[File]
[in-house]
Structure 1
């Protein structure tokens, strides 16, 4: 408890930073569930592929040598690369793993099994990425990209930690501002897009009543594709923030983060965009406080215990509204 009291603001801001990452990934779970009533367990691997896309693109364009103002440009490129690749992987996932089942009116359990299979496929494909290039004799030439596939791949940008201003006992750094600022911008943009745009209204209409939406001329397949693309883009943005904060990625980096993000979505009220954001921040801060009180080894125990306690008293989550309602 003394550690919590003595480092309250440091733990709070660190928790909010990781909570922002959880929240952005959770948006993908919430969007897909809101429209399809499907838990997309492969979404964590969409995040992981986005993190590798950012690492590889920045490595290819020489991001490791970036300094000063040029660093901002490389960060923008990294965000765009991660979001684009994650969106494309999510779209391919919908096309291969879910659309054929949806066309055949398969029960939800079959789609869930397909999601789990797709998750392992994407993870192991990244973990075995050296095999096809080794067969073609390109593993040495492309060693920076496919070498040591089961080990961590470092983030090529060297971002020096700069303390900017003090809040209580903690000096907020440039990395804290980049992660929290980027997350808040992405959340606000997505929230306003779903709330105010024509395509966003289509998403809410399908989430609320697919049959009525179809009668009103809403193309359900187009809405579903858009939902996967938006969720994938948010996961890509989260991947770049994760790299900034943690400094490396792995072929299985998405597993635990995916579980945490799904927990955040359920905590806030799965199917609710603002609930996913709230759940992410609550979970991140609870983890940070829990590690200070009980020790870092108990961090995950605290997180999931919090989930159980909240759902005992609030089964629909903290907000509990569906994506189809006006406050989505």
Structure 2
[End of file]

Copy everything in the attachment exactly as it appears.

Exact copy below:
[in-house]
Structure 1
């Protein structure tokens, strides 16, 4: 408890930073569930592929040598690369793993099994990425990209930690501002897009009543594709923030983060965009406080215990509204 009291603001801001990452990934779970009533367990691997896309693109364009103002440009490129690749992987996932089942009116359990299979496929494909290039004799030439596939791949940008201003006992750094600022911008943009745009209204209409939406001329397949693309883009943005904060990625980096993000979505009220954001921040801060009180080894125990306690008293989550309602 003394550690919590003595480092309250440091733990709070660190928790909010990781909570922002959880929240952005959770948006993908919430969007897909809101429209399809499907838990997309492969979404964590969409995040992981986005993190590798950012690492590889920045490595290819020489991001490791970036300094000063040029660093901002490389960060923008990294965000765009991660979001684009994650969106494309999510779209391919919908096309291969879910659309054929949806066309055949398969029960939800079959789609869930397909999601789990797709998750392992994407993870192991990244973990075995050296095999096809080794067969073609390109593993040495492309060693920076496919070498040591089961080990961590470092983030090529060297971002020096700069303390900017003090809040209580903690000096907020440039990395804290980049992660929290980027997350808040992405959340606000997505929230306003779903709330105010024509395509966003289509998403809410399908989430609320697919049959009525179809009668009103809403193309359900187009809405579903858009939902996967938006969720994938948010996961890509989260991947770049994760790299900034943690400094490396792995072929299985998405597993635990995916579980945490799904927990955040359920905590806030799965199917609710603002609930996913709230759940992410609550979970991140609870983890940070829990590690200070009980020790870092108990961090995950605290997180999931919090989930159980909240759902005992609030089964629909903290907000509990569906994506189809006006406050989505």
Structure 2